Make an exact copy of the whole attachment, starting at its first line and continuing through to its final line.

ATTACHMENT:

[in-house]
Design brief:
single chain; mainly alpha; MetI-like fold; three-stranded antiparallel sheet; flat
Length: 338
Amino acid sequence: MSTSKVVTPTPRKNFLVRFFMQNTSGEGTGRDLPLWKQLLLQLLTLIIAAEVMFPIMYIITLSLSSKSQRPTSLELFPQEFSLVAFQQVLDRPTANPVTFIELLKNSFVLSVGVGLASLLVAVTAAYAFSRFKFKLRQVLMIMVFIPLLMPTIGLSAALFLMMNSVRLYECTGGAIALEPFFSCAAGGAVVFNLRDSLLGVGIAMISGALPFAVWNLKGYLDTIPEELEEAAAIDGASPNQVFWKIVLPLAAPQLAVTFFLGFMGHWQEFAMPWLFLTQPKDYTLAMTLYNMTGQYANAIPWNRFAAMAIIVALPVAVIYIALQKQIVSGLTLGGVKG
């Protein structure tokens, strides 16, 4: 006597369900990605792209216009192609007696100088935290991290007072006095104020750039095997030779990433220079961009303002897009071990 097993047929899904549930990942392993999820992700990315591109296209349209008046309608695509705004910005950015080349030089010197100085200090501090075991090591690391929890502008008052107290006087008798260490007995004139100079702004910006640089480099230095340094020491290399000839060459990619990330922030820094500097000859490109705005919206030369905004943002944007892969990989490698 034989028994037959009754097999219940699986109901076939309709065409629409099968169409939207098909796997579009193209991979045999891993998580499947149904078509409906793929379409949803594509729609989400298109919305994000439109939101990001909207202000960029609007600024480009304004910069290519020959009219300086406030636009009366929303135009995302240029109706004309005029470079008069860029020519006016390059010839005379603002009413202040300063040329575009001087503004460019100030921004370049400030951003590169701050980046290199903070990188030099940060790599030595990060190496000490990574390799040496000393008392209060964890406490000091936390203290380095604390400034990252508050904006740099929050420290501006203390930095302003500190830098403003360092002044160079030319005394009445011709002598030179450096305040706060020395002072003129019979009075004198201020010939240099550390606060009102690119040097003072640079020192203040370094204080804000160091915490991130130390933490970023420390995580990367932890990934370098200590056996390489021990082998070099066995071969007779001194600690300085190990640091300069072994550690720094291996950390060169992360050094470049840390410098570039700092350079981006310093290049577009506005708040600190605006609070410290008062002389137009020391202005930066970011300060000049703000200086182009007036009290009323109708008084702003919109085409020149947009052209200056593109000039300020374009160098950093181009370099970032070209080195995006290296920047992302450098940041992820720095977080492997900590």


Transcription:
[in-house]
Design brief:
single chain; mainly alpha; MetI-like fold; three-stranded antiparallel sheet; flat
Length: 338
Amino acid sequence: MSTSKVVTPTPRKNFLVRFFMQNTSGEGTGRDLPLWKQLLLQLLTLIIAAEVMFPIMYIITLSLSSKSQRPTSLELFPQEFSLVAFQQVLDRPTANPVTFIELLKNSFVLSVGVGLASLLVAVTAAYAFSRFKFKLRQVLMIMVFIPLLMPTIGLSAALFLMMNSVRLYECTGGAIALEPFFSCAAGGAVVFNLRDSLLGVGIAMISGALPFAVWNLKGYLDTIPEELEEAAAIDGASPNQVFWKIVLPLAAPQLAVTFFLGFMGHWQEFAMPWLFLTQPKDYTLAMTLYNMTGQYANAIPWNRFAAMAIIVALPVAVIYIALQKQIVSGLTLGGVKG
């Protein structure tokens, strides 16, 4: 006597369900990605792209216009192609007696100088935290991290007072006095104020750039095997030779990433220079961009303002897009071990 097993047929899904549930990942392993999820992700990315591109296209349209008046309608695509705004910005950015080349030089010197100085200090501090075991090591690391929890502008008052107290006087008798260490007995004139100079702004910006640089480099230095340094020491290399000839060459990619990330922030820094500097000859490109705005919206030369905004943002944007892969990989490698 034989028994037959009754097999219940699986109901076939309709065409629409099968169409939207098909796997579009193209991979045999891993998580499947149904078509409906793929379409949803594509729609989400298109919305994000439109939101990001909207202000960029609007600024480009304004910069290519020959009219300086406030636009009366929303135009995302240029109706004309005029470079008069860029020519006016390059010839005379603002009413202040300063040329575009001087503004460019100030921004370049400030951003590169701050980046290199903070990188030099940060790599030595990060190496000490990574390799040496000393008392209060964890406490000091936390203290380095604390400034990252508050904006740099929050420290501006203390930095302003500190830098403003360092002044160079030319005394009445011709002598030179450096305040706060020395002072003129019979009075004198201020010939240099550390606060009102690119040097003072640079020192203040370094204080804000160091915490991130130390933490970023420390995580990367932890990934370098200590056996390489021990082998070099066995071969007779001194600690300085190990640091300069072994550690720094291996950390060169992360050094470049840390410098570039700092350079981006310093290049577009506005708040600190605006609070410290008062002389137009020391202005930066970011300060000049703000200086182009007036009290009323109708008084702003919109085409020149947009052209200056593109000039300020374009160098950093181009370099970032070209080195995006290296920047992302450098940041992820720095977080492997900590």